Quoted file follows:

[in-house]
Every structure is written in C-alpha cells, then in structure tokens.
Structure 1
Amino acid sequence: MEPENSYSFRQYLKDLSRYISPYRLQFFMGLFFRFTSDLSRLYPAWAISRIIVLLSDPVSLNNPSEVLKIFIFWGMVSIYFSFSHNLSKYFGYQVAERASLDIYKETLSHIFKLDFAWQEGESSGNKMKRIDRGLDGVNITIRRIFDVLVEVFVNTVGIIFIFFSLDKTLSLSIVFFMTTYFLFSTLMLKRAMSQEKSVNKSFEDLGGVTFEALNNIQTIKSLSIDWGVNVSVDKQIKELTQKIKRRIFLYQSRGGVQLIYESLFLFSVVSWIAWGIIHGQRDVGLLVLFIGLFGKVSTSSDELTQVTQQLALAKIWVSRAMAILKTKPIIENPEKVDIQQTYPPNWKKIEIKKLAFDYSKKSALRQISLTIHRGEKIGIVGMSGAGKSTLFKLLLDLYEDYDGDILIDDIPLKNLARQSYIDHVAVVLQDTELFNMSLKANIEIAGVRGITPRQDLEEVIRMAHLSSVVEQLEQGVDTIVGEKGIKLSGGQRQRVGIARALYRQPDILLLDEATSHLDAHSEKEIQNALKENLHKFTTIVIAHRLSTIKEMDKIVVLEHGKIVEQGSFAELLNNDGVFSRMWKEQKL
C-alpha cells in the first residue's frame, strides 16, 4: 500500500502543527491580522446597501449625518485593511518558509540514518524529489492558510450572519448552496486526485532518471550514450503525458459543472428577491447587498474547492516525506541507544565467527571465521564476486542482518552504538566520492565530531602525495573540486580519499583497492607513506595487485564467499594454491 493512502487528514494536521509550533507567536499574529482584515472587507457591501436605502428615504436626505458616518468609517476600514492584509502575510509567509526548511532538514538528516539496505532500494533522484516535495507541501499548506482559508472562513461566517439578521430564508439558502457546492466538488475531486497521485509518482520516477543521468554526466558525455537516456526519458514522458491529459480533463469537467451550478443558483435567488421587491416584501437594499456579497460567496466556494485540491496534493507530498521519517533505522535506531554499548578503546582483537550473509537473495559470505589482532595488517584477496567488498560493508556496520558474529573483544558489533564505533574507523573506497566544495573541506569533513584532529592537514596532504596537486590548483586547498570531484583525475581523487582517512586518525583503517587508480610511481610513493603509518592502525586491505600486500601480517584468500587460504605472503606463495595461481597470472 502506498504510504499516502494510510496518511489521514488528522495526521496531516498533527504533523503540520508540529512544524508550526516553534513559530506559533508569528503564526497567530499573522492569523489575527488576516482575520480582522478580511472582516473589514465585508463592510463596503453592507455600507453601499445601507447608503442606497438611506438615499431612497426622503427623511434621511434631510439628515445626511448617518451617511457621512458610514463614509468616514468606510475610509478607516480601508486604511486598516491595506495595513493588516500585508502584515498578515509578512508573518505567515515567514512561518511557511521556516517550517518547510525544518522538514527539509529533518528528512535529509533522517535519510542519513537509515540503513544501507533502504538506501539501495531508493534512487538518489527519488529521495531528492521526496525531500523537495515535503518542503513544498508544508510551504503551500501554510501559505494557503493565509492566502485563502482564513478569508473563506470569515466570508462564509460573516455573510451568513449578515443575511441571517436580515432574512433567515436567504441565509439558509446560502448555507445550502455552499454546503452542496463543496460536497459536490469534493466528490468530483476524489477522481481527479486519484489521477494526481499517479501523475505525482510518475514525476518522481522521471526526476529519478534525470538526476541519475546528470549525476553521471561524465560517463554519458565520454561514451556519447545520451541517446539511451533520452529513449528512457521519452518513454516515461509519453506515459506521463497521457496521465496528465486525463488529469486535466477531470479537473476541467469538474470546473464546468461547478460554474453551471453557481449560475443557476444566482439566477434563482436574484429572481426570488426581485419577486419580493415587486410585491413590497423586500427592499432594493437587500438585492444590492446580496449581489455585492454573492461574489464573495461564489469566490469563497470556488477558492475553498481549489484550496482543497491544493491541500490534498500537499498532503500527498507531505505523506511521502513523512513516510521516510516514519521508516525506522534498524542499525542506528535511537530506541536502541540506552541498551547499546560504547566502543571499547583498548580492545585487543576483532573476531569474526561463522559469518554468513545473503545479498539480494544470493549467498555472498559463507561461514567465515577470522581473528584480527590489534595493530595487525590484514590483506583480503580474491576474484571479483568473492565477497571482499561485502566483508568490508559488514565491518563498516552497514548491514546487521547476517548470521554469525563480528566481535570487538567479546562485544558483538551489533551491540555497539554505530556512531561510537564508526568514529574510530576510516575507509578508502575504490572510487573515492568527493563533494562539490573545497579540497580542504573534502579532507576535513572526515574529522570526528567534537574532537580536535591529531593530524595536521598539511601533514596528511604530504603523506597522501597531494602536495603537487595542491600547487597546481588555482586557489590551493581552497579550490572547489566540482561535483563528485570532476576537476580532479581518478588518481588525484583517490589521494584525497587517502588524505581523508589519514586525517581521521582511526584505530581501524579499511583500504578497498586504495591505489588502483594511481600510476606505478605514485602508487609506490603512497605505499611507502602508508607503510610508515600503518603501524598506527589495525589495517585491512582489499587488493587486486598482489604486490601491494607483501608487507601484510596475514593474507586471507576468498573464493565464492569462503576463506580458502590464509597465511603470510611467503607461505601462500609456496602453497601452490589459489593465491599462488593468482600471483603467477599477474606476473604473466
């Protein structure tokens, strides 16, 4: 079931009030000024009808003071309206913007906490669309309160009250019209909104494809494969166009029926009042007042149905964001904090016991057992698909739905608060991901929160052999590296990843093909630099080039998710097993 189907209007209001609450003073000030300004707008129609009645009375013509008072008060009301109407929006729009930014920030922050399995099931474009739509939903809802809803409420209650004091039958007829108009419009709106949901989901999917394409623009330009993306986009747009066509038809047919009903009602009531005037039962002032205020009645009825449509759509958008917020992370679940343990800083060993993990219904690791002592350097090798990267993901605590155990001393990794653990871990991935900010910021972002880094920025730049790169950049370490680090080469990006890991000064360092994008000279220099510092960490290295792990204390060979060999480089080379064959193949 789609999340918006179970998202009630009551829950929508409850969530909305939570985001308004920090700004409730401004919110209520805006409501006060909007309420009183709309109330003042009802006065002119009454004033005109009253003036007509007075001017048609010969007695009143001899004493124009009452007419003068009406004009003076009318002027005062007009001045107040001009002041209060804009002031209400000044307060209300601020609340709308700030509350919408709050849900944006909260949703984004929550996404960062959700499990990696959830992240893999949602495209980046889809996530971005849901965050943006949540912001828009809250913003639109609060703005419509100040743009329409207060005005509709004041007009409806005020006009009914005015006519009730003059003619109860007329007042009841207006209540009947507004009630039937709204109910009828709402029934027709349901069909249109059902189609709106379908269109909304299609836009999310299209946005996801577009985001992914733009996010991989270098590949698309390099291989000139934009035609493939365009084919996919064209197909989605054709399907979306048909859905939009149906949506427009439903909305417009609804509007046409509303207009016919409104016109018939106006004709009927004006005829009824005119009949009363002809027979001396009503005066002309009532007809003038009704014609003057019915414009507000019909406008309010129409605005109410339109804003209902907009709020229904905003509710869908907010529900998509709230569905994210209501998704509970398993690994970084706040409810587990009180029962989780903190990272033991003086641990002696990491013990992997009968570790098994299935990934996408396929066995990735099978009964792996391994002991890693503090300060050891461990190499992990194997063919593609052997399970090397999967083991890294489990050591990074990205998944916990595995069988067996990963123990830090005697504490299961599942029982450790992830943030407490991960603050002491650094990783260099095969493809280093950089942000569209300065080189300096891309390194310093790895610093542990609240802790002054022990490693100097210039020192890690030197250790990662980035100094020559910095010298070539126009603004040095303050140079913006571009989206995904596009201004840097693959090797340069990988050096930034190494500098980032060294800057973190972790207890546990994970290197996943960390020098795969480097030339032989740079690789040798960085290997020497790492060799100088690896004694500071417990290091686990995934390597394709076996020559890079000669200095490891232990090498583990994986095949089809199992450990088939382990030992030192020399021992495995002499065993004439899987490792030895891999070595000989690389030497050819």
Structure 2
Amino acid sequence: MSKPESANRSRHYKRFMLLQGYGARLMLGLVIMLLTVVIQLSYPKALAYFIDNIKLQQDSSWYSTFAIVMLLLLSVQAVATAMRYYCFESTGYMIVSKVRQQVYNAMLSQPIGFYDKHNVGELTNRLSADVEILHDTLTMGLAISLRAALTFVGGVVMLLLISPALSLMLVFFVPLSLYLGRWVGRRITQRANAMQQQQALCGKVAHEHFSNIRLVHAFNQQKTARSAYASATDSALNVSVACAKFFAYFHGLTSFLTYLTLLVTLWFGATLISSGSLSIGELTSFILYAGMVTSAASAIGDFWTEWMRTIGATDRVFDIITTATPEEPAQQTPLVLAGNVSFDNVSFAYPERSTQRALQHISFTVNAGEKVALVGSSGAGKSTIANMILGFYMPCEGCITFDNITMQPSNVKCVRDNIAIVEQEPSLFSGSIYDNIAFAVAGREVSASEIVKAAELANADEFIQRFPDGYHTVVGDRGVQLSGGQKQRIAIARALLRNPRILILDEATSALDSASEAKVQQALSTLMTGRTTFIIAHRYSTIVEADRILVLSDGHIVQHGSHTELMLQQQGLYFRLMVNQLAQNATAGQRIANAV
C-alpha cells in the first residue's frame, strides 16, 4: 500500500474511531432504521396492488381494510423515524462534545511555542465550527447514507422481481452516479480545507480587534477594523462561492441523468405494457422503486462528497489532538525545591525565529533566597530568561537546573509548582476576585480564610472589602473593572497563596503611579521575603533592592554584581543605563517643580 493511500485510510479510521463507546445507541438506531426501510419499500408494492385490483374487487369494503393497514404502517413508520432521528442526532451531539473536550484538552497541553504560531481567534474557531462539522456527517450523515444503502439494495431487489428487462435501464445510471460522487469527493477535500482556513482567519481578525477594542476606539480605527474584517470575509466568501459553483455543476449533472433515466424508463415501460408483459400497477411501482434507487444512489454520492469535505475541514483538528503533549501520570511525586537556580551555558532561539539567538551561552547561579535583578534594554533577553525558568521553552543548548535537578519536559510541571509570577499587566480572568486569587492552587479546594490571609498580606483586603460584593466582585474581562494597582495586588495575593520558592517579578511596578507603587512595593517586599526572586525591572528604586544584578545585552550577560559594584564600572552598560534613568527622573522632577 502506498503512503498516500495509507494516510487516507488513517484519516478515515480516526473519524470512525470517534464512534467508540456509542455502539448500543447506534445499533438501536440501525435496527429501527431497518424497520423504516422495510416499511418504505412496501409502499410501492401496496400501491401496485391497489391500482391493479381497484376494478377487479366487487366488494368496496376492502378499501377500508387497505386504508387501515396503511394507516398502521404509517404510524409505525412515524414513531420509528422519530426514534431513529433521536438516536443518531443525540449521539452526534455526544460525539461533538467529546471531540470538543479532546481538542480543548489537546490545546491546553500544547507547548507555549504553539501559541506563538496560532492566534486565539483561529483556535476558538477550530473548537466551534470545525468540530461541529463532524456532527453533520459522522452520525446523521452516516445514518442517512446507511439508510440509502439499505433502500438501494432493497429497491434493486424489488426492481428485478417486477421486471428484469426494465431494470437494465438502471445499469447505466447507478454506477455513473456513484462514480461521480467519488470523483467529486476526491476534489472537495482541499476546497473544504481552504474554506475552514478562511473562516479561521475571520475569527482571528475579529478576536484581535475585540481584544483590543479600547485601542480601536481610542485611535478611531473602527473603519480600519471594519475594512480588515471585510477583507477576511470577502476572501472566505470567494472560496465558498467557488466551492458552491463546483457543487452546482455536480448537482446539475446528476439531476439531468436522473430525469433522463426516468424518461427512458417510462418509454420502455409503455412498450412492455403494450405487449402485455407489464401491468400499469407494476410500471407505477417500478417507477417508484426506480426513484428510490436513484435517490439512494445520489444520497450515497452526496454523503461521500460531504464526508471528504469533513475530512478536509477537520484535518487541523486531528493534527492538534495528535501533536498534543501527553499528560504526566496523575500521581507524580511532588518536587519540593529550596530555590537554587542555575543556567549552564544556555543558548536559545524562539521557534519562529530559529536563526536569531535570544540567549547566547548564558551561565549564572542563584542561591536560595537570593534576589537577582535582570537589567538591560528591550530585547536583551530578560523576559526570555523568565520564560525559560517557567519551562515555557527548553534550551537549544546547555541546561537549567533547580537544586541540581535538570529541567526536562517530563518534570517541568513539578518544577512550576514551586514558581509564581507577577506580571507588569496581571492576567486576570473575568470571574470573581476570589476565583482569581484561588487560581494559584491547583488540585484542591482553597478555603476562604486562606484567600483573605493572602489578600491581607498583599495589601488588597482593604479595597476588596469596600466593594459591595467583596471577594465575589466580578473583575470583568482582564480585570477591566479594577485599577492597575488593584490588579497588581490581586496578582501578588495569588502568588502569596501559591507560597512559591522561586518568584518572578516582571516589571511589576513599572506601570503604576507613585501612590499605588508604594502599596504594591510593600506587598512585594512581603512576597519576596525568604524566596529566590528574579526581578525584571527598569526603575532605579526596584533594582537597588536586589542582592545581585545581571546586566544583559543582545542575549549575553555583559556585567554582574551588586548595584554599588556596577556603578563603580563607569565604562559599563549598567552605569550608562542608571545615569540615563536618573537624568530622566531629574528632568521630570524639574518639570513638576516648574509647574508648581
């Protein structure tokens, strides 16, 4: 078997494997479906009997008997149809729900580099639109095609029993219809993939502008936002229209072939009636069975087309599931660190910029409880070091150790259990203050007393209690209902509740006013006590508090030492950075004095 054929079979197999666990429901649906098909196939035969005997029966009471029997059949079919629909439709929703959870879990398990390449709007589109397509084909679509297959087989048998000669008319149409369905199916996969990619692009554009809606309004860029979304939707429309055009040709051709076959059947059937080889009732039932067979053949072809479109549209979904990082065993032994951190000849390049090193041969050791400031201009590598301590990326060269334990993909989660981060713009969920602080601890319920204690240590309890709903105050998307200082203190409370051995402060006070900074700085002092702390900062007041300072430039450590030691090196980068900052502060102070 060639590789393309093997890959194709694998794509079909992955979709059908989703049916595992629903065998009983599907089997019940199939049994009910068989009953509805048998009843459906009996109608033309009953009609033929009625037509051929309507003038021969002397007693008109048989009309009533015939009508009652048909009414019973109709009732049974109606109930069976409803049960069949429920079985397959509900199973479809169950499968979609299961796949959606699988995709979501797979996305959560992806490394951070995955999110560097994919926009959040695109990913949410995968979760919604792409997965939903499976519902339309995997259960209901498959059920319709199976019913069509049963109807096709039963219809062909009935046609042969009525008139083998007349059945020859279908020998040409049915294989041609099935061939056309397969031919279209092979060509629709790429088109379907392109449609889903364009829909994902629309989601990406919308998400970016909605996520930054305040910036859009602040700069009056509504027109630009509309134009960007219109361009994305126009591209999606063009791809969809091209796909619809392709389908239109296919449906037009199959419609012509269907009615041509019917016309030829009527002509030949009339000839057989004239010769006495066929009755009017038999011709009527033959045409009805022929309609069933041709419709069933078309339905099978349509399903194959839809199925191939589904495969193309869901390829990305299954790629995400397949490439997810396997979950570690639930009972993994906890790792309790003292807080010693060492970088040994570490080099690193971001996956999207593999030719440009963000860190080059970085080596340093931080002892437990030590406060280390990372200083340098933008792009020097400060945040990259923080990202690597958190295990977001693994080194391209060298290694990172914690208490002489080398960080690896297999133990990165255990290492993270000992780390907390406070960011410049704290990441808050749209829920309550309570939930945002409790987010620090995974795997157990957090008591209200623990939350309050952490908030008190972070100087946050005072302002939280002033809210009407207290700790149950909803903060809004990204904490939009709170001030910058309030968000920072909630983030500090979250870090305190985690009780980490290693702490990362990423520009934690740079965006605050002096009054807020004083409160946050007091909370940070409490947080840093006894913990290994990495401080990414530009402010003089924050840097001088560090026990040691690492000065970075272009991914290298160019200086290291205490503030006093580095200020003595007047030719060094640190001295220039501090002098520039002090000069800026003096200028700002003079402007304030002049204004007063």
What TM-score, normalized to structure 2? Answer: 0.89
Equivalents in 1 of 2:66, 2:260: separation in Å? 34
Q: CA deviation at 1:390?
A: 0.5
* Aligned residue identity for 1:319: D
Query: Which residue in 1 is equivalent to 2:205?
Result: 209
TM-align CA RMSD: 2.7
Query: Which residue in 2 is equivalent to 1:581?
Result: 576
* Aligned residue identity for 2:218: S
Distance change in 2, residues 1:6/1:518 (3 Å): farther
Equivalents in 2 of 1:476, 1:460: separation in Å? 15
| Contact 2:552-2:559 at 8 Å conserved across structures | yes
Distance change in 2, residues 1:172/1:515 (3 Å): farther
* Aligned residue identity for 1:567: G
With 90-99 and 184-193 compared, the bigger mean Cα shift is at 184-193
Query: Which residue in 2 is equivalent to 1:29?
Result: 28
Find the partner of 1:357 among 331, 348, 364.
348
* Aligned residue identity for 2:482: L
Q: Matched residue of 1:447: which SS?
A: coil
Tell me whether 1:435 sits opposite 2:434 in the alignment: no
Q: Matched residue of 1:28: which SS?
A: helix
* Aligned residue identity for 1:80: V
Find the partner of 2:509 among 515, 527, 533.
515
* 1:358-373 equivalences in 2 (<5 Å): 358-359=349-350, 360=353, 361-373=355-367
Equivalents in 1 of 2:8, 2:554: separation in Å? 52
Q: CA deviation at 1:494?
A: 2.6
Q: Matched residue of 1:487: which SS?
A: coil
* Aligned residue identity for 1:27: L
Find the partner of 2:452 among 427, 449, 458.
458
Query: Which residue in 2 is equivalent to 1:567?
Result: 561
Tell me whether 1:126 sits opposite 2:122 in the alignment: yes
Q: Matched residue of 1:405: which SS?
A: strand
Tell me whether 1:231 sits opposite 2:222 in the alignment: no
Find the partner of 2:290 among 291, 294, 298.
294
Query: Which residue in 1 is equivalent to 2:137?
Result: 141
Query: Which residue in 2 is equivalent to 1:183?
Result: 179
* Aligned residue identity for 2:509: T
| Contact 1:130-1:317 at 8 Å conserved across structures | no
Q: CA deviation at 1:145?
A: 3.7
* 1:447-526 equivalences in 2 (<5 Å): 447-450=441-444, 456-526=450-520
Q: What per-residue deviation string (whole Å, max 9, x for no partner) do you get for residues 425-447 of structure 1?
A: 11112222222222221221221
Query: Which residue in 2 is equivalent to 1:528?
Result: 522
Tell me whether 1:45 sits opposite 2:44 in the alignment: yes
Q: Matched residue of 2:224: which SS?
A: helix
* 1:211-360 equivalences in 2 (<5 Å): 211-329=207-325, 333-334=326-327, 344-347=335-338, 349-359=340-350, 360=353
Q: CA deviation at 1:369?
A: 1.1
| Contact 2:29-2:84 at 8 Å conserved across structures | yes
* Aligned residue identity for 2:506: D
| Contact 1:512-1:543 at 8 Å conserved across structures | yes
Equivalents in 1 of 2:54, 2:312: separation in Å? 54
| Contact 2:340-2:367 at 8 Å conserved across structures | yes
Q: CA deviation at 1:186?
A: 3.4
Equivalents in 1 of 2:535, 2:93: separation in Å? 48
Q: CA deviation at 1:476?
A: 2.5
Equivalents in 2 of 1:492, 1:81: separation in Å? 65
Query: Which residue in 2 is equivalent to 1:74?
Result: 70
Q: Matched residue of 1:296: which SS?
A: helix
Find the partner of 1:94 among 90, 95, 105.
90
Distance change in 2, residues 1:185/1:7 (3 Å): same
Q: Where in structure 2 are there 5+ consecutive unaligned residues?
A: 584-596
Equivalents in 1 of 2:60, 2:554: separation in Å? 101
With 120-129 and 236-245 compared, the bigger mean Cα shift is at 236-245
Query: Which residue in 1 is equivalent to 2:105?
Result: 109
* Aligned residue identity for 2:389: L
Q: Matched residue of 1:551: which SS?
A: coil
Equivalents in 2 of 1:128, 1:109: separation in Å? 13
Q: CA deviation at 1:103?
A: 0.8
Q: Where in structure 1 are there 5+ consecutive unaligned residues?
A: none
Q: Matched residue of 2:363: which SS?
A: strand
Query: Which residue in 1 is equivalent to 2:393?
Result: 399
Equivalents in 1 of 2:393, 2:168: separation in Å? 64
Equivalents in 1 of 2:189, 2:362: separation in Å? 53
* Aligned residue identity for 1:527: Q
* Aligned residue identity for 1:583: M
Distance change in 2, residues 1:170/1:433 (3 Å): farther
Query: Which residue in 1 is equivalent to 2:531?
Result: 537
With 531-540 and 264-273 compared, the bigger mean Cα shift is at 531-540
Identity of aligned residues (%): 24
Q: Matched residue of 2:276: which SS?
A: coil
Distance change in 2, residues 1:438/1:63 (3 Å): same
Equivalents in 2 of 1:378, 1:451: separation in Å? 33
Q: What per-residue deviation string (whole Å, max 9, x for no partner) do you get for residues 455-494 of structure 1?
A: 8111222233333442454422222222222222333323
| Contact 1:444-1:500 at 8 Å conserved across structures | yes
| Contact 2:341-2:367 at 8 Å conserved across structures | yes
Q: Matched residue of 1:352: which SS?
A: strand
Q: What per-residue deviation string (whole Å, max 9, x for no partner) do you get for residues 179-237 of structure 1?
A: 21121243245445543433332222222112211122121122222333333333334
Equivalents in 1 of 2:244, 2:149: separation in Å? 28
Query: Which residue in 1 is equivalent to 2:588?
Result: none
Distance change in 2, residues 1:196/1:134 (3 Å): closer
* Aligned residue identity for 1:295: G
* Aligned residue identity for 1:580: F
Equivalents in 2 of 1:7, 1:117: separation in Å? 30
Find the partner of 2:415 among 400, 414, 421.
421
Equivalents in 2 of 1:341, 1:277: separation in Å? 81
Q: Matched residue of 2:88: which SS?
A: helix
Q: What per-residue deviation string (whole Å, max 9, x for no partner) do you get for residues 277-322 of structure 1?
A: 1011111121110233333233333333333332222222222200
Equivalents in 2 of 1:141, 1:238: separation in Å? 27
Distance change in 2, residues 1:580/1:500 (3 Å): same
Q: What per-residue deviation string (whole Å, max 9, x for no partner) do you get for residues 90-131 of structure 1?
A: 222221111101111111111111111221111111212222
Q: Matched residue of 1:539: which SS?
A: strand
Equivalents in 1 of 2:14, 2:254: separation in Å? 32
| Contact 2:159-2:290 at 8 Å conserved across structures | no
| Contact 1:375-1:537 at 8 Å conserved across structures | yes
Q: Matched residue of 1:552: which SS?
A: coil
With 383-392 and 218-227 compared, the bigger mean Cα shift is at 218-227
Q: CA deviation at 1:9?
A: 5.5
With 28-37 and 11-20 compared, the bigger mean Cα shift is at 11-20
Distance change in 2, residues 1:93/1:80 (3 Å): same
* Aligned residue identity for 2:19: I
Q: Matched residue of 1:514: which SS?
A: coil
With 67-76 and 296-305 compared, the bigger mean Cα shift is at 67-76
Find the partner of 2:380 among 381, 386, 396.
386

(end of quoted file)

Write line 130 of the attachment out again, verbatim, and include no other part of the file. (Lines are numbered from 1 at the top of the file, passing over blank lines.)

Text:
Q: Matched residue of 1:352: which SS?